After Beth Stelling posted about her abusive relationship with a fellow comedian and Chicago women opened up about sexual harassment and abuse in their improv scene, a group of Twin Cities women also met up in person and talked about how we felt as female improvisers. We talked about things that had happened to us during our improv careers, on and offstage. That night I heard brave stories from friends and acquaintances that were moving and sad, and all I wanted to do was change it. To make it stop. To have our community understand what was happening and that it wasn’t was supposed to be happening.

What are you most excited about in regards to FairPlayMN in the improv community?

I am so excited about FairPlay in the improv community because I can already see changes happening. Men are checking in after shows and groups of improvisers are discussing physical boundaries before going on stage. This is so encouraging to me because I feel that this brings everyone in the community and the group closer together.

What do you like to do when you’re not improvising?

I spend a lot of my time working and improving my career as a Teacher of Deaf/Hard of Hearing Learners. There are a lot of elements that I love, like working with children, disability justice, and American Sign Language, but it’s also a lot of paperwork and emailing. I also spend my time cooking and watching reality tv!

3 dumb words you like the sound of.

Bolognese, Ueberraschung, Tarp

Where can we see you perform?

Look out for me at KINGS, Super Good, and Show X!

How many improvisers does it take to screw in a lightbulb?

A clown car of improvisers. In a silent film. With Bjork playing in the background.

Meet The Leadership Team: Sarah

13217114_10154254940013982_299953965092121340_oThe FairPlay leadership team is made up of 5 people who volunteer their time to lead and organize the many FairPlay members. Learn more about who they are by getting to know one of our leaders; Sarah. Sarah is a relatively new addition to our improv community, after returning to the Twin Cities. Sarah has previous experience in social justice work and leadership, and she brings a thoughtful and patient presence to the team.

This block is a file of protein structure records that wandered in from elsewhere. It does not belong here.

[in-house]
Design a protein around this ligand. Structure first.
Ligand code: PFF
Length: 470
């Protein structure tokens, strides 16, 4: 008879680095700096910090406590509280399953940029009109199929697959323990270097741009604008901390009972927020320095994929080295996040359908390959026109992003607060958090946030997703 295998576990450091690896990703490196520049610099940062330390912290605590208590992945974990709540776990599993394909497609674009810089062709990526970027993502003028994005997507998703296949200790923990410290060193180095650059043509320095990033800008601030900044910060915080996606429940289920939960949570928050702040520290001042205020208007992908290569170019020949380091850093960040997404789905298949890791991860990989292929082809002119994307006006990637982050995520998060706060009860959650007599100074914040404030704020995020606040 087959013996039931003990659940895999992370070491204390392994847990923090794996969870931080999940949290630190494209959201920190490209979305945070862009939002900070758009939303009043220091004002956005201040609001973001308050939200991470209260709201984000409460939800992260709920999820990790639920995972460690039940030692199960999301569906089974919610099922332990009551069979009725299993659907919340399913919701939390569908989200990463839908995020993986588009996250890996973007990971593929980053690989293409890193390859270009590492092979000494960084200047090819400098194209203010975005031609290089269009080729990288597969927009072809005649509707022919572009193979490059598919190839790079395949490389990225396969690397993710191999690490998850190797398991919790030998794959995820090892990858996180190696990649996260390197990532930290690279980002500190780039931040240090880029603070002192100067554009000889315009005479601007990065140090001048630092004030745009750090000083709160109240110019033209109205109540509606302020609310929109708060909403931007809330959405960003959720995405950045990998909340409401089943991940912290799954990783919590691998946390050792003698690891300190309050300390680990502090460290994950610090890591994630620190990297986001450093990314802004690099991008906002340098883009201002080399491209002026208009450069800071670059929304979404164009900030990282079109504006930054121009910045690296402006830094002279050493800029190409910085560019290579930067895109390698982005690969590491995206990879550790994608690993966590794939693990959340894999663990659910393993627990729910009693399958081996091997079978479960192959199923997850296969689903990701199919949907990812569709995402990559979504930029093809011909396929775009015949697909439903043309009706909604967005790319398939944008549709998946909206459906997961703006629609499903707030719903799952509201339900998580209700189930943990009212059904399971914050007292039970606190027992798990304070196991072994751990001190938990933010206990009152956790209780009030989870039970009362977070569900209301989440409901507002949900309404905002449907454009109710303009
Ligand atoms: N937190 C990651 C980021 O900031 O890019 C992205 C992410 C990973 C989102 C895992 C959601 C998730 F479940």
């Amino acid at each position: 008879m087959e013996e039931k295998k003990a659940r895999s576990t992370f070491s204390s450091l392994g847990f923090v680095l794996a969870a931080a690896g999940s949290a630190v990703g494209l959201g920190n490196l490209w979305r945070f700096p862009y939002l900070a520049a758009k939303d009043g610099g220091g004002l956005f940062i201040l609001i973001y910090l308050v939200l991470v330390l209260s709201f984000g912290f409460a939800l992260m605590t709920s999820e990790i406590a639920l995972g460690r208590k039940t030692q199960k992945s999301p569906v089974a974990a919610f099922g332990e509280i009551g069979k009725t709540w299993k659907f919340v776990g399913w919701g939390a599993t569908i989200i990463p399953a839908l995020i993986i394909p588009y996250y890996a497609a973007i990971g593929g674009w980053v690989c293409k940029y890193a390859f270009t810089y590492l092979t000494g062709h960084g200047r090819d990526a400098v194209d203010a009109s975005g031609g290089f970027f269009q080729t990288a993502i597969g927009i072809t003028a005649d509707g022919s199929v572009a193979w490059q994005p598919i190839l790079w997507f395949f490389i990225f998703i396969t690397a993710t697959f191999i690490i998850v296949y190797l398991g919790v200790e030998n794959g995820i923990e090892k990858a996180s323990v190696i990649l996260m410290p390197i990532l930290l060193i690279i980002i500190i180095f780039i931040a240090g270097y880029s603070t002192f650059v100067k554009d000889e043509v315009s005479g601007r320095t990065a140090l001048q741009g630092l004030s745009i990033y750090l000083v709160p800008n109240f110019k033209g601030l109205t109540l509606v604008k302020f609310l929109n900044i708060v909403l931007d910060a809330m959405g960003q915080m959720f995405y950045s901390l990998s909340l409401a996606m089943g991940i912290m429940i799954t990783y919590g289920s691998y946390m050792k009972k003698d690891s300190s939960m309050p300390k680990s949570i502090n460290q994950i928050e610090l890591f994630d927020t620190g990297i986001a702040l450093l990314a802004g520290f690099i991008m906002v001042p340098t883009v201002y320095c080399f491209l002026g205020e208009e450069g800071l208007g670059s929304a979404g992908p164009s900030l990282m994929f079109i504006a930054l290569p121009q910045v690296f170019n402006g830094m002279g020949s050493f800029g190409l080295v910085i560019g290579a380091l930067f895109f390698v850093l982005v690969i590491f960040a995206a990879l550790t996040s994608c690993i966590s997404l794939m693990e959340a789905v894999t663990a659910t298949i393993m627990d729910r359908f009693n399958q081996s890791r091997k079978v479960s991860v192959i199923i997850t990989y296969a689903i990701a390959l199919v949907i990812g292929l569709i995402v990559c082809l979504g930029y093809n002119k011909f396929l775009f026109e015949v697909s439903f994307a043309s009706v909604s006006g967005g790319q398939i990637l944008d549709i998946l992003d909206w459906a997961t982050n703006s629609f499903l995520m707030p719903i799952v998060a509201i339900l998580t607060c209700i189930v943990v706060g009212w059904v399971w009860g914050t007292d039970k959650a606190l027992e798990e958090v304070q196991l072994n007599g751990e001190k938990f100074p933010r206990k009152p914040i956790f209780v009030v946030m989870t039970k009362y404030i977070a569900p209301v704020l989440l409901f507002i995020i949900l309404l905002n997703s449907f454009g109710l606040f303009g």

Why did you want to be part of the leadership team?

I grew up in the more charming of the Twin Cities, and I’ve been doing improv since I was listening to A*Teens, but coming back to the Twin Cities after a year and a half away I was nervous about reconnecting with the improv community here. A friend suggested that I get involved with the Cities’ emerging conversation regarding gender equity in improv, and I am SO glad that she did. I started attending meetings of what is now FairPlayMN and what I found was a group of incredibly passionate women who loved improv so much that they were prepared to hold our community to higher standards. I decided if I was going to really be a part of this community, then I had to be a part of making it an inclusive and equitable place for everyone.

What are you most excited about in regards to FairPlayMN in the improv community?

I’ve had some of the most challenging conversations of my life since joining FairPlay – and I couldn’t be more excited about it. It’s always hard to disrupt the status quo, to begin having conversations about things that have been ignored for too long. But hearing the feedback from people who are inspired, challenged, shocked, humbled, or all of the above by the stories shared in this space and the work we’ve done has been an amazing experience.

What do you like to do when you’re not improvising?

I’m usually reading at least one fantasy novel and one romance novel at any given time. I’m on a quest to perfect my Netflix recommendations. And occasionally I’m lucky enough to be chosen to read the same board book 15 times to my niece.

3 dumb words you like the sound of.

Blubber. Doodle. Marmalade.

Where can we see you perform?

At the moment I’m working on getting my feet planted at my new day job but I’ve previously been known to perform with The Unfinished Projects.

How many improvisers does it take to screw in a lightbulb?

None. Because the lightbulb isn’t a lightbulb, it’s Donald Trump’s toupe. And it’s not an electrical socket, it’s a glazed donut.

Meet The Leadership Team: Hannah

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The FairPlay leadership team is made up of 5 people who volunteer their time to lead and organize the many FairPlay members. Learn more about who they are by getting to know one of our leaders; Hannah. An improviser for a decade in the cities, Hannah has her hands in a lot of different projects.

 

Why did you want to be part of the leadership team?